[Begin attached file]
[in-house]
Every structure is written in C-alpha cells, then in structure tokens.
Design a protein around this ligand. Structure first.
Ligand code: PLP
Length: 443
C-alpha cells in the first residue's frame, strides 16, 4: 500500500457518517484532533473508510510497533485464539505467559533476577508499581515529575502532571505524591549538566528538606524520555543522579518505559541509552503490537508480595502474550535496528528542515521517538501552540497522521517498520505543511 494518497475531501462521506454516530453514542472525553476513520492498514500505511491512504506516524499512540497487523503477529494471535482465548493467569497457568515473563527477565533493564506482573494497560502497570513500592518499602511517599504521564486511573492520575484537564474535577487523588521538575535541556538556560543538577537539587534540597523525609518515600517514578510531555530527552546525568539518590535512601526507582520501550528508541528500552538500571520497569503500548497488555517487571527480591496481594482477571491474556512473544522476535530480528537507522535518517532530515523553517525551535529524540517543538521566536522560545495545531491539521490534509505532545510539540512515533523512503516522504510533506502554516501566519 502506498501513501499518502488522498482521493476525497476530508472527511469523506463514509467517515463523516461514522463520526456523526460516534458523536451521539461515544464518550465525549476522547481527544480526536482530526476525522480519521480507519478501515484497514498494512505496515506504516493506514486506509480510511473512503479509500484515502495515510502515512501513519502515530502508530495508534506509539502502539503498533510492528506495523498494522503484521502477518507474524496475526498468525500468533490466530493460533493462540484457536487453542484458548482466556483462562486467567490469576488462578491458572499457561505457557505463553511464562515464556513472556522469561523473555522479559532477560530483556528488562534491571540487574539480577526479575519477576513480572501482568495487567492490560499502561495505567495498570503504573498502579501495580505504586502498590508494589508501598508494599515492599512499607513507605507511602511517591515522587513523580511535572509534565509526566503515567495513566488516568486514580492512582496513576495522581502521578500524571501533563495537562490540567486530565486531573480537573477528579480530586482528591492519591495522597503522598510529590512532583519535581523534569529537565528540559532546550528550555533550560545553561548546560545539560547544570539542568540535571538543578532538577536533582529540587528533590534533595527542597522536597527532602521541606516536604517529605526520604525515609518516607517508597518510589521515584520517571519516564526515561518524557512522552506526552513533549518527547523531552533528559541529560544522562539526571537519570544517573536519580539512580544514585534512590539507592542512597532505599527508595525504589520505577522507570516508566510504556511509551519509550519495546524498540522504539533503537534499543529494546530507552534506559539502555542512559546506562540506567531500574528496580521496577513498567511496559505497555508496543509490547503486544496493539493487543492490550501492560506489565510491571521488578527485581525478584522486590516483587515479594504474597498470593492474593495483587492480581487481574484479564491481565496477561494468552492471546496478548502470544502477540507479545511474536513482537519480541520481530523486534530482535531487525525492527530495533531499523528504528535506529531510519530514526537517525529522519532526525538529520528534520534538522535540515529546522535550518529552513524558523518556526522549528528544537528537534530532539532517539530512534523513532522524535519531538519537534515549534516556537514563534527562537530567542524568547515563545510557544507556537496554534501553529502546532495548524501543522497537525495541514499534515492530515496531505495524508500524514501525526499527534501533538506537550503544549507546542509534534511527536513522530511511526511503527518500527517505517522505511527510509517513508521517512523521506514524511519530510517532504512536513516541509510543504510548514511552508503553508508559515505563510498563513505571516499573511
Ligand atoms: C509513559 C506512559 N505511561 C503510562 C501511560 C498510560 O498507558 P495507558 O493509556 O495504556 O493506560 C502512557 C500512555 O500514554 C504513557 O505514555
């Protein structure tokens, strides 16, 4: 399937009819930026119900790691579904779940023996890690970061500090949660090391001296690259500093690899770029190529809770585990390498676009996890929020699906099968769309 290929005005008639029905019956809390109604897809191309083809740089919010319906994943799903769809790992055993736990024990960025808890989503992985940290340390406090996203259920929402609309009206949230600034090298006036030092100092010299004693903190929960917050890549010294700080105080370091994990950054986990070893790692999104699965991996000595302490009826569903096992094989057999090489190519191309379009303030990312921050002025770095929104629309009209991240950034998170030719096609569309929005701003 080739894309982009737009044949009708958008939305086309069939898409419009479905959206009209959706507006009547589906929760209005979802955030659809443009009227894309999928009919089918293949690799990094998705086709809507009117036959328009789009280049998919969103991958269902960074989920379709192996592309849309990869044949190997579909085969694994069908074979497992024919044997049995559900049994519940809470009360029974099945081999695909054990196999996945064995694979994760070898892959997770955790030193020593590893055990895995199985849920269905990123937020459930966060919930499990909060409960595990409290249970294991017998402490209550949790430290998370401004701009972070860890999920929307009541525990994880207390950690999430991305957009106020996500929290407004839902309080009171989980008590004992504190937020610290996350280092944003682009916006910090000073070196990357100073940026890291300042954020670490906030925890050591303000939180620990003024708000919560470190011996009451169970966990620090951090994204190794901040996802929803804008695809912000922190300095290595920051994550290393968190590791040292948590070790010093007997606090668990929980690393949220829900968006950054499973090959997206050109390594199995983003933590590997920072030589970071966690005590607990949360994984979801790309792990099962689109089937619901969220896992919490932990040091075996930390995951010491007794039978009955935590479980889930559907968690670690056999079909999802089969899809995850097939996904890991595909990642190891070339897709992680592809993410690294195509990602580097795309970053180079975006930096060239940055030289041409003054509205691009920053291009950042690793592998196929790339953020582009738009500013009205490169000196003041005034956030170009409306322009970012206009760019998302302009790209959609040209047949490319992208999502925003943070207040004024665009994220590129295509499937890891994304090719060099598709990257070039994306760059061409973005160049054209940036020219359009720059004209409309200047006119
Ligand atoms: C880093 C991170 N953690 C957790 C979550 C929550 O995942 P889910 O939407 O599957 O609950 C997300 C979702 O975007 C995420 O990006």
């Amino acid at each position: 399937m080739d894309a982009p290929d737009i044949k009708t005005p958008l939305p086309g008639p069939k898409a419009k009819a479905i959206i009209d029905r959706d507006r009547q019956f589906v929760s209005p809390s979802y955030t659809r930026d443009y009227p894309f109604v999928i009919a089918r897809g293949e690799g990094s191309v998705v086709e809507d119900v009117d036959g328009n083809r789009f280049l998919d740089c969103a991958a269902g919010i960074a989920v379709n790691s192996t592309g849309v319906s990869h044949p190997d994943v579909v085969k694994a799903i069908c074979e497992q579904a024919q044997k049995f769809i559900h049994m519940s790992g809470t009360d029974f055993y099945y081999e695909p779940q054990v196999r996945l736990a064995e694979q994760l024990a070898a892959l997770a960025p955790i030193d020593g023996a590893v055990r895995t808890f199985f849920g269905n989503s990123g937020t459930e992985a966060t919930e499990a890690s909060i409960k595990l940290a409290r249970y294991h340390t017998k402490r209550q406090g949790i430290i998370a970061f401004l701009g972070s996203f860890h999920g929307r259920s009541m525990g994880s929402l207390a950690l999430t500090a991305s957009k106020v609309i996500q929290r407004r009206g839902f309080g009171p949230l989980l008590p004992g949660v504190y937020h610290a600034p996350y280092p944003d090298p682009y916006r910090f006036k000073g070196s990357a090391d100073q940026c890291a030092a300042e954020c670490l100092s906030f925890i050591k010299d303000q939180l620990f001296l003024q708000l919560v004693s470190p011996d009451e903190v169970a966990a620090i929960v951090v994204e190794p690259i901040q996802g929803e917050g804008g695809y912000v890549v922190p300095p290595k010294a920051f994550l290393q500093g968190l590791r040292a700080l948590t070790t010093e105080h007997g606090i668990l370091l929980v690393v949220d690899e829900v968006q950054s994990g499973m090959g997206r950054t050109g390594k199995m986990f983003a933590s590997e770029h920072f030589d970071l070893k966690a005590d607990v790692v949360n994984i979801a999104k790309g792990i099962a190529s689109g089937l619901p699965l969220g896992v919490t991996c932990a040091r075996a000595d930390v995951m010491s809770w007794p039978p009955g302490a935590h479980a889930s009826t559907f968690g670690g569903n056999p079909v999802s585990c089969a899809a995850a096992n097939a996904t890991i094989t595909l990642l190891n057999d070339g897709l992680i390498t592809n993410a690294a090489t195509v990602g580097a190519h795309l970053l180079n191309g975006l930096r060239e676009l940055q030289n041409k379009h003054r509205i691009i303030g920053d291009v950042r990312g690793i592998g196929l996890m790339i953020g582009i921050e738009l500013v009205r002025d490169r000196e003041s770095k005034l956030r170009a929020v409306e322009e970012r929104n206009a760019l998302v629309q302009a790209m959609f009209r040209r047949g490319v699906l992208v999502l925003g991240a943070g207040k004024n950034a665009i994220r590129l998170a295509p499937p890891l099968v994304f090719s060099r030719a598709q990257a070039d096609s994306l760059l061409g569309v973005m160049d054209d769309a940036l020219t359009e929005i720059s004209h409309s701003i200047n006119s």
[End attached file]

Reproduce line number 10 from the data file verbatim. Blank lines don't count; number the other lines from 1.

């Amino acid at each position: 399937m080739d894309a982009p290929d737009i044949k009708t005005p958008l939305p086309g008639p069939k898409a419009k009819a479905i959206i009209d029905r959706d507006r009547q019956f589906v929760s209005p809390s979802y955030t659809r930026d443009y009227p894309f109604v999928i009919a089918r897809g293949e690799g990094s191309v998705v086709e809507d119900v009117d036959g328009n083809r789009f280049l998919d740089c969103a991958a269902g919010i960074a989920v379709n790691s192996t592309g849309v319906s990869h044949p190997d994943v579909v085969k694994a799903i069908c074979e497992q579904a024919q044997k049995f769809i559900h049994m519940s790992g809470t009360d029974f055993y099945y081999e695909p779940q054990v196999r996945l736990a064995e694979q994760l024990a070898a892959l997770a960025p955790i030193d020593g023996a590893v055990r895995t808890f199985f849920g269905n989503s990123g937020t459930e992985a966060t919930e499990a890690s909060i409960k595990l940290a409290r249970y294991h340390t017998k402490r209550q406090g949790i430290i998370a970061f401004l701009g972070s996203f860890h999920g929307r259920s009541m525990g994880s929402l207390a950690l999430t500090a991305s957009k106020v609309i996500q929290r407004r009206g839902f309080g009171p949230l989980l008590p004992g949660v504190y937020h610290a600034p996350y280092p944003d090298p682009y916006r910090f006036k000073g070196s990357a090391d100073q940026c890291a030092a300042e954020c670490l100092s906030f925890i050591k010299d303000q939180l620990f001296l003024q708000l919560v004693s470190p011996d009451e903190v169970a966990a620090i929960v951090v994204e190794p690259i901040q996802g929803e917050g804008g695809y912000v890549v922190p300095p290595k010294a920051f994550l290393q500093g968190l590791r040292a700080l948590t070790t010093e105080h007997g606090i668990l370091l929980v690393v949220d690899e829900v968006q950054s994990g499973m090959g997206r950054t050109g390594k199995m986990f983003a933590s590997e770029h920072f030589d970071l070893k966690a005590d607990v790692v949360n994984i979801a999104k790309g792990i099962a190529s689109g089937l619901p699965l969220g896992v919490t991996c932990a040091r075996a000595d930390v995951m010491s809770w007794p039978p009955g302490a935590h479980a889930s009826t559907f968690g670690g569903n056999p079909v999802s585990c089969a899809a995850a096992n097939a996904t890991i094989t595909l990642l190891n057999d070339g897709l992680i390498t592809n993410a690294a090489t195509v990602g580097a190519h795309l970053l180079n191309g975006l930096r060239e676009l940055q030289n041409k379009h003054r509205i691009i303030g920053d291009v950042r990312g690793i592998g196929l996890m790339i953020g582009i921050e738009l500013v009205r002025d490169r000196e003041s770095k005034l956030r170009a929020v409306e322009e970012r929104n206009a760019l998302v629309q302009a790209m959609f009209r040209r047949g490319v699906l992208v999502l925003g991240a943070g207040k004024n950034a665009i994220r590129l998170a295509p499937p890891l099968v994304f090719s060099r030719a598709q990257a070039d096609s994306l760059l061409g569309v973005m160049d054209d769309a940036l020219t359009e929005i720059s004209h409309s701003i200047n006119s």